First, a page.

American Chemistry Council


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EPA Chemical Office Nominee Alexandra Dunn Must Prioritize Science and Public Health

, Research Director, Center for Science and Democracy

Behind the headlines of the Trump administration’s attacks on science is a quiet army of government scientists continuing to do their jobs protecting the nation’s public health, safety, and the environment. This week, we have the opportunity to ensure a new EPA leader can carry out that mission. On Thursday, the Senate is holding a hearing on the nomination of Alexandra Dunn as Assistant Administrator to run the Office of Chemical Safety and Pollution Prevention, the EPA office charged with protecting us from toxic chemicals and pesticides. Here’s what Senators should demand and expect her to prioritize at the EPA:

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Photo: US Air Force
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As Asbestos Toll Mounts, Trump’s EPA Ignores It

Two years ago, President Obama signed a successful bipartisan effort to update the Toxic Substances Control Act of 1976 (TSCA). It was called the Frank R. Lautenberg Chemical Safety Act, named for the late New Jersey senator who had long championed it. The new act was intended to give the federal government more power to regulate dangerous chemicals that the chemical industry had previously been able to shield under the cloak of confidential business information and a misplaced priority on minimizing costs to businesses over public health. Obama said those hurdles made it “virtually impossible” for the Environmental Protection Agency “to actually see if those chemicals were harming anybody.” Read more >

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Peter Wright’s 50+ Chemical Facility Conflicts: A Disaster Waiting to Happen

, Lead science and policy analyst

Peter Wright, President Donald Trump’s nominee to lead the EPA’s Office of Land and Emergency Management, will face the Senate Environment and Public Works committee at his nomination hearing this Wednesday. Mr. Wright has spent the majority of his career working as an attorney for Dow Chemical Company (now DowDuPont). Would he make a smooth transition from defender of polluters to defender of the public? Under Pruitt’s lead, it seems unlikely that public safety would be at the top of his agenda. Read more >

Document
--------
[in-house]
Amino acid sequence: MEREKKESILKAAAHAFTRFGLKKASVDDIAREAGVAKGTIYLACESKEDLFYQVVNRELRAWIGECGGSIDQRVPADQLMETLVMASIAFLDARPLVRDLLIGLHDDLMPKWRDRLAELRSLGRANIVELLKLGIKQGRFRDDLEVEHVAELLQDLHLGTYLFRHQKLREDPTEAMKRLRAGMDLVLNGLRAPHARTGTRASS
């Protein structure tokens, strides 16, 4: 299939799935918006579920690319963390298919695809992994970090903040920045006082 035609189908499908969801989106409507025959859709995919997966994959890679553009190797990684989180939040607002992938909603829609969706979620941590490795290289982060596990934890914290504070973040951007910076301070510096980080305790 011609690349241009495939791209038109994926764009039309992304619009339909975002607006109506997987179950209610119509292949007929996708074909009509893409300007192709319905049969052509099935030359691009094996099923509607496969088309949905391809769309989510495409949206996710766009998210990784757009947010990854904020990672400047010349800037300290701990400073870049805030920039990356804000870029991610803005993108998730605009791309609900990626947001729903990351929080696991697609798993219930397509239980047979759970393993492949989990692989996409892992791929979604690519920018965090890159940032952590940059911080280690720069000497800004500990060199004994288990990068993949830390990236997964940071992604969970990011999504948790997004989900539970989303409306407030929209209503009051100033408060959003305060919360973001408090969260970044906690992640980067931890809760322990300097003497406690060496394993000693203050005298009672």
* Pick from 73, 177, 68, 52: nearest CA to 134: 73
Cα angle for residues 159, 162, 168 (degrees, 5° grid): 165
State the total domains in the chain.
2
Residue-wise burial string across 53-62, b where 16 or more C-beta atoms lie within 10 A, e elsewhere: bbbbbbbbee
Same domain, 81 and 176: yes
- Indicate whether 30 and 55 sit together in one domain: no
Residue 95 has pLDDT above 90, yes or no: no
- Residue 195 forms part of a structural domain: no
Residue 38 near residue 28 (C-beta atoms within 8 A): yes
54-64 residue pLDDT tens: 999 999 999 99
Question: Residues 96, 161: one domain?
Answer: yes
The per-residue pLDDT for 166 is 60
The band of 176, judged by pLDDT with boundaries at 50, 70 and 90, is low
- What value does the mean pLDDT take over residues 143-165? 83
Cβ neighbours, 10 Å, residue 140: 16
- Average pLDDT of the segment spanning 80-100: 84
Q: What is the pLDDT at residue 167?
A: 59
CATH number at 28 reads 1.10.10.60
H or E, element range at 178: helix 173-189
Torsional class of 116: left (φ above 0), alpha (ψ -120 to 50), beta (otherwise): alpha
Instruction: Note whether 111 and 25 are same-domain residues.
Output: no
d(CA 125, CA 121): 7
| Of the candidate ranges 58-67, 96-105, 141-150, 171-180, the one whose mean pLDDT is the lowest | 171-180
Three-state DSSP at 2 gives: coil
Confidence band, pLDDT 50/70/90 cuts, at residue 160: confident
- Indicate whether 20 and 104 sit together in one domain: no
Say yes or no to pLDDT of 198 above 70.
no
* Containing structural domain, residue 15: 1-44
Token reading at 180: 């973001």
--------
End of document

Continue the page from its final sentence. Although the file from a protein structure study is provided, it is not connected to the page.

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Debriefing the EPA’s Science Advisory Board Meeting

, Lead science and policy analyst

I spent most of Thursday and Friday this week at the EPA’s Science Advisory Board meeting in Washington, DC, as the 44 members gathered to discuss EPA’s regulatory agenda and hear updates from EPA programs on lead, per- and polyfluoroalkyl substances (PFAS), and the Integrated Risk Information System (IRIS). As I explained earlier this week, it was the first meeting for 18 of the members who had been appointed after Administrator Pruitt issued his directive barring EPA-funded scientists from serving on the committee. Read more >

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Scott Pruitt’s EPA Grant Ban Doesn’t Apply to States or Tribes. Here’s Why That’s Interesting.

, Deputy director, Center for Science & Democracy

This afternoon, EPA Administrator Scott Pruitt announced that nobody who receives an EPA grant should be allowed to provide scientific advice to the agency. Yep—those scientists, the ones that the EPA thinks do the most promising research related to public health and the environment? Their advice isn’t welcome anymore. We’ve written a lot about how this represents a major step in the political takeover of science advice at EPA. Read more >

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